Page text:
Moneywise believes it's time for a different system that deprives the insurers of their ready-made market and makes it really straightforward for people to compare rates as a matter of course.
Some retirees also have a sense of misguided loyalty, believing that their pension provider of many years will 'reward' their longstanding custom with a competitive offer. Others may be worried about the additional costs of using an IFA for advice if they are faced with a wider choice.
PICA's perspective - which Moneywise supports - is that the open market option has run its course and wholesale reform of the system is needed.
We want to see a change in the default position for all retirees from 'stick with your pension provider' to 'review all your retirement income options'. It's a controversial proposition, but one that is attracting increasing support from influential politicians including Mark Hoban, financial secretary to the Treasury, and pensions secretary Steve Webb.
At Moneywise, we think it's time to end the pension companies' complacency and introduce a genuinely open retirement income market. Next month we'll look in detail at PICA's proposals and the implications for retirees.
Our mission statement...
Moneywise calls for:
- An end to the exploitation of apathetic or ignorant consumers by the companies that hold their pension funds.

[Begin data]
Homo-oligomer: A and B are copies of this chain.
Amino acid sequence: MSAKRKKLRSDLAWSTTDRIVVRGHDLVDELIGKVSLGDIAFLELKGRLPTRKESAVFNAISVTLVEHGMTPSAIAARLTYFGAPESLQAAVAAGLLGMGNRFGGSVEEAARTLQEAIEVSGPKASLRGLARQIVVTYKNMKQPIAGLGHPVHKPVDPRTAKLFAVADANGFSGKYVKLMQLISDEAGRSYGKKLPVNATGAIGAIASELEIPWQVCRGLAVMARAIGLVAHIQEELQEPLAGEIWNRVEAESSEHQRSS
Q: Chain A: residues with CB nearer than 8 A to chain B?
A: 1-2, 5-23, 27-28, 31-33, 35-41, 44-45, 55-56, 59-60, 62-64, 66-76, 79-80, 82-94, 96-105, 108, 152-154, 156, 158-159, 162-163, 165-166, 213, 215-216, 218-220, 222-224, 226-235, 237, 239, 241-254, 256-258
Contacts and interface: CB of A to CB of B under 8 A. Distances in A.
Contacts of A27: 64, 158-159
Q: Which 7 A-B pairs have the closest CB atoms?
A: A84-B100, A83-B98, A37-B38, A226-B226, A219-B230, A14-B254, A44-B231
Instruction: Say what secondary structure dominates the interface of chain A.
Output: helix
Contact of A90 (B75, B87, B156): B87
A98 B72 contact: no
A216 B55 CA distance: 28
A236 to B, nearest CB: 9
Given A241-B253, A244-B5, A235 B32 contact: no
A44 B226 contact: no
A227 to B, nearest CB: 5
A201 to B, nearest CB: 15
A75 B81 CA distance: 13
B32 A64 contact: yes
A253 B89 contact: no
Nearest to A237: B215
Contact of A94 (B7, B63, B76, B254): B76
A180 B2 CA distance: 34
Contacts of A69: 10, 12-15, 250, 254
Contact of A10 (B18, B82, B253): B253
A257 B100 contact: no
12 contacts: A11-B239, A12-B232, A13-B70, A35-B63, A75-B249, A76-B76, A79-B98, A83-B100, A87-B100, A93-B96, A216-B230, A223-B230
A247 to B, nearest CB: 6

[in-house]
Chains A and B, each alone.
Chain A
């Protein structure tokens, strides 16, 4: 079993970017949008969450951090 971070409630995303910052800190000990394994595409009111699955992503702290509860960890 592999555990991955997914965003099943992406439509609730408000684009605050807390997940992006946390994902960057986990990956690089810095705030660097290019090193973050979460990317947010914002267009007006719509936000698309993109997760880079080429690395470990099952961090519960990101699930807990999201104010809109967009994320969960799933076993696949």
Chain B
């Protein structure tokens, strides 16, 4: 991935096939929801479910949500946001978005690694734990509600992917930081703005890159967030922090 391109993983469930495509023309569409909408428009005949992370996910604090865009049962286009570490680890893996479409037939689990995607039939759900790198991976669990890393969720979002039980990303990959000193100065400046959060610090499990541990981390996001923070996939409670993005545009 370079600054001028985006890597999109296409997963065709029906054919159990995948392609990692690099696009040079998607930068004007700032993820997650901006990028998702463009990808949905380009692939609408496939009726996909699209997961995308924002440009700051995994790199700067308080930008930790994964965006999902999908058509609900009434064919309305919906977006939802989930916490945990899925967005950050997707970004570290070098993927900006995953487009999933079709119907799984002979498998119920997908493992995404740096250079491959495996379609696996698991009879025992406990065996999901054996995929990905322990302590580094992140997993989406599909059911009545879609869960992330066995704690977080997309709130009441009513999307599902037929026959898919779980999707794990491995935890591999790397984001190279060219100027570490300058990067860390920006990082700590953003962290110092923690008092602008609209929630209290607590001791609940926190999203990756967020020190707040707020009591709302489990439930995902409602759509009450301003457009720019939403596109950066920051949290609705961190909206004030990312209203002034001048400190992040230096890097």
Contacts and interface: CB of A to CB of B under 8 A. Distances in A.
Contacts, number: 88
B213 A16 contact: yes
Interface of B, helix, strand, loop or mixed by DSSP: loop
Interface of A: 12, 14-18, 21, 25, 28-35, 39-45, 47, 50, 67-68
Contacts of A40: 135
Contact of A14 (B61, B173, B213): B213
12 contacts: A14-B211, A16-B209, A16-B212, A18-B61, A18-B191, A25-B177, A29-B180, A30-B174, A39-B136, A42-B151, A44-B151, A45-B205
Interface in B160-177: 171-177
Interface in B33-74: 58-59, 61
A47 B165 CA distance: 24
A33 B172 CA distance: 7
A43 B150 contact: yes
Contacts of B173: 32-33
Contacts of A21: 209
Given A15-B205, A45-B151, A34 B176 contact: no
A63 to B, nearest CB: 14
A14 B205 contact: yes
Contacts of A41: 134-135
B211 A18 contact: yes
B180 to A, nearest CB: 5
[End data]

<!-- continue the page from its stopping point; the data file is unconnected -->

- A system that encourages every retiree to review all their retirement options with an open mind.
- High-profile education to highlight the importance of shopping around.
- Support and guidance in decision-making.
- Affordable 'direct' alternatives for those who can't afford or don't want to take independent advice.
A financial adviser who is not tied to any financial services company (such as a bank or insurance company) and is authorised by the Financial Services Authority (FSA). They can advise on financial products to suit your circumstances. All IFAs have to give consumers the choice of paying by fees or commission and have to explain which would best suit the customer in that particular instance. Also, if commission is paid either by the client or the financial service provider recommended by the IFA, the IFA must disclose what that commission is.
Open market option
People who have a money purchase or defined contribution pension, at retirement must use their fund (minus an optional 25% as tax-free cash) to purchase an annuity. As the annuity market is very competitive and rates differ vastly between annuity providers on a daily basis, the open market option is your right to shop around and buy the annuity from the company offering the highest rates at that time.